Fantasy Waiver Wire: Week 21, Vol. Iby Karl de Vries
August 19, 2013
It’s crunch time in fantasy, and with that comes three states of mind for fantasy owners: those who are cruising atop their league standings and already looking ahead to the playoffs; those hopelessly blown out of the race and now existing purely to play spoiler; and those clawing their way to the postseason in the season’s final few weeks.
But regardless of one’s situation, there’s a need for replacement bodies as the injuries mount, so even if the waiver wire continues to become increasingly barren ahead of the September call-ups, there are still a few intriguing names sitting around who could provide a late-season boost.
Brayan Pena | Detroit Tigers | C | 2 percent Yahoo ownership; 3 percent ESPN; 5 percent CBS
YTD: 196 PA / .306 / .330 / .415 with 4 HR and 0 SB
ZiPS updated: 253 PA / .299 / .325 / .408 with 5 HR and 0 SB
Who is Brayan Pena?
If you said he’s a 31-year-old journeyman playing in his ninth year in the majors, you’d be right.
If you said he’s the dude taking over Detroit’s catching responsibilities while Alex Avila recovers from concussion symptoms, you’d also be right.
And if you said he might have some fantasy value because spare catchers are hard to find at this point in the season and Pena has been swinging a hot bat, well, you’d be a fantasy baseball owner.
By hot bat, I should elaborate. The Cuban backstop was hitting .421/.436/.579 in August entering yesterday’s action and has a 1.087 OPS since last Sunday, when Avila was placed on the seven-day concussion list. For the season, Pena’s numbers look pretty snazzy, thanks to a solid .306 batting average that’s stabilized with a reasonable BABIP and contact rate, and the fact that he plays in the mash clinic known as the Tigers lineup.
Of course, there’s a reason Pena has been essentially anonymous during his MLB tenure. He has just 18 home runs over his 1,150 career plate appearances and owns a meager .258/.293/.361 career slash line. This year, the switch-hitter’s .343 average against right-handers is no fewer than 80 points above his career average, and there’s no arguing the fact that Pena is just a backup catcher whose opportunity derives solely from an injury to a better player.
But you know what? Who cares? We’re at the point in the season where stop-gap fill-ins are critical as injuries pile up, and for the fantasy owners who plugged in Avila a couple of weeks ago thanks to his hot hitting, getting a guy who’s having a good season with regular playing time can make a big difference. Pena is the man behind the dish for the Tigers so long as Avila is in the abyss known as concussion recovery, and as long as he’s collecting hits, he might as well be used in fantasy.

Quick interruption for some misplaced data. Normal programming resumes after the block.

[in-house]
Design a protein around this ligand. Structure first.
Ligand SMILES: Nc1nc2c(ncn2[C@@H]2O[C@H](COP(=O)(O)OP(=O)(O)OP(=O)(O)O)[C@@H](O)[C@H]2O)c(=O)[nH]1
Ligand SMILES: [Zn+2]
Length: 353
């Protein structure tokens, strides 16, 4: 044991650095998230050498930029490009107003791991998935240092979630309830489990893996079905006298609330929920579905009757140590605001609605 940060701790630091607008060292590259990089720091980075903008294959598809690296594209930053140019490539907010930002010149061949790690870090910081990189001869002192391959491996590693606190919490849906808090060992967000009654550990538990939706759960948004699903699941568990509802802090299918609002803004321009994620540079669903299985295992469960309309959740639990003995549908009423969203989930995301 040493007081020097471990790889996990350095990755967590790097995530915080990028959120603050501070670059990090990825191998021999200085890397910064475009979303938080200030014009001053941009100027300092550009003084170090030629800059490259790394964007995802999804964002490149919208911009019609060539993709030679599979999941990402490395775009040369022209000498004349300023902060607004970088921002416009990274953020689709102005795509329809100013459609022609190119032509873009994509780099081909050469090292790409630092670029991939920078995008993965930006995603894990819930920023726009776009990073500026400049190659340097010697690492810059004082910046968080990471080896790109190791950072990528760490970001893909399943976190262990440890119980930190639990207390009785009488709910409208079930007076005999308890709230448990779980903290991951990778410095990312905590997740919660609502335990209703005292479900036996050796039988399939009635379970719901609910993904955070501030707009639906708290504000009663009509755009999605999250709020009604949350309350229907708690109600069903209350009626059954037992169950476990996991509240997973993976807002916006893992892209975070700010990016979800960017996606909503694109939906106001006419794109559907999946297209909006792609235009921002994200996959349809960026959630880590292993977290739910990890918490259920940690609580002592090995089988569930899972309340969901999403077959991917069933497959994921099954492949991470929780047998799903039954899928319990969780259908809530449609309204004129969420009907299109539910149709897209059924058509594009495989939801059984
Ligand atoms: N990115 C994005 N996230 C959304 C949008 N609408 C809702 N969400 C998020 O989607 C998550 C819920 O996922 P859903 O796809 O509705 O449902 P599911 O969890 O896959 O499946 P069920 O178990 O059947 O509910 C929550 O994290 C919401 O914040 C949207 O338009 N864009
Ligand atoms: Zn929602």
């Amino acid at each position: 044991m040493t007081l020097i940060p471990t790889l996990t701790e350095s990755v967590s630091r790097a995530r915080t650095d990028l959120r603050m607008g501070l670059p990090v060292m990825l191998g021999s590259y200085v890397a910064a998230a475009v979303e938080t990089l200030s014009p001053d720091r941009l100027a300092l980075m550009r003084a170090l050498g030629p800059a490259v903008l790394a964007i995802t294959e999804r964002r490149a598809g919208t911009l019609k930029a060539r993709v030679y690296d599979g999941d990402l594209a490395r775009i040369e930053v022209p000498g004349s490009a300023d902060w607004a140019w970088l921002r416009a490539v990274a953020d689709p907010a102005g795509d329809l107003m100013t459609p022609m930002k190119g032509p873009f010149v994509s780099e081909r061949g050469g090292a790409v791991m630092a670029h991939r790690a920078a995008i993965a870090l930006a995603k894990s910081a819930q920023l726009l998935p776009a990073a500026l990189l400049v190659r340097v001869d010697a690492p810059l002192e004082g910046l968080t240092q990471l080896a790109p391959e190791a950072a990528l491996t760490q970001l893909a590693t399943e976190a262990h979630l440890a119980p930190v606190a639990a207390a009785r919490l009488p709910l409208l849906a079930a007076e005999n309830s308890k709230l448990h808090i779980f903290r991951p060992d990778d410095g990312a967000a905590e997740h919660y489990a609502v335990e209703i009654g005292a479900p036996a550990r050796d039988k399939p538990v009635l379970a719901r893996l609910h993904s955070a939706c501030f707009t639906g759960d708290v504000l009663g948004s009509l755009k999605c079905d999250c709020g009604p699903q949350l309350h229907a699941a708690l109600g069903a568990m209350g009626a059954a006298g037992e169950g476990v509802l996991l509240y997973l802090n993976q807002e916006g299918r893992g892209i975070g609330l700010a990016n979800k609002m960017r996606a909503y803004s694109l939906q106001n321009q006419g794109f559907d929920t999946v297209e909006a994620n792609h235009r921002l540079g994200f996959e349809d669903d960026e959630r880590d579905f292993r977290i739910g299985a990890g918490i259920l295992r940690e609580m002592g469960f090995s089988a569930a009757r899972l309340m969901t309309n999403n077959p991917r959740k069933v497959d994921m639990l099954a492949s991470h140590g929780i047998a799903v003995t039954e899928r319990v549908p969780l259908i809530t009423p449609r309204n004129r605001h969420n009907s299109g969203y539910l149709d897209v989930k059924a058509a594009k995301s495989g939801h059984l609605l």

Recommendation: Pena doesn’t have the capacity to turn one’s fantasy season around, but he’s worth a flier in deeper mixed leagues thanks to position scarcity.
Brett Oberholtzer | Houston Astros | SP | 6 percent Yahoo ownership; 8 percent ESPN; 15 percent CBS
YTD: 28 IP / 2.57 ERA / 5.8 K/9 / 1.3 BB/9 with 2 wins
ZiPS updated: 54 IP / 4.11 ERA / 5.8 K/9 / 2.2 BB/9 with 3 wins
It’s easy to dismiss a starter’s fantasy value when he pitches for the Houston Astros because, well, the Astros kind of stink and don’t bring home a lot of wins. In the case of Oberholtzer, however, a shift to the starting rotation from the bullpen late last month has resulted in four strong starts, including Sunday’s winning effort against the Angels.
Oberholtzer, 24, came up through the Braves organization but was swapped in the Michael Bourn deal, making his major league debut earlier this season. He’s shown an excellent ability to command the strike zone, evidenced by a 2.2 BB/9 in the minors, which should keep his WHIP and ERA at reasonable levels even as his 80-percent strand rate comes back down to earth.
Unfortunately, the southpaw struggled with the home run ball down on the farm and doesn’t get enough grounders for my taste, which could lead to problems the more he pitches at Minute Maid Park. And although his minor league numbers suggest he’ll improve the K/9 slightly, a fastball that hovers in the low 90s means we shouldn’t expect 7.0-plus K/9 production from him.
All of which is to say that, although Oberholtzer has been a nice find for fantasy owners and shouldn’t be written off just because of his uniform, he’s probably not much more than a depth starting pitcher in AL-only leagues and a fringe option in deeper mixed leagues.
Recommendation: Deeper mixed league material only.
Karl de Vries is a New Jersey-based writer and journalist who prefers following fantasy baseball to watching his hapless Mets embarrass themselves on TV every night. He can be reached at karl[dot]rotodiamond[at]gmail.com or followed on Twitter at @Karl_de_Vries.
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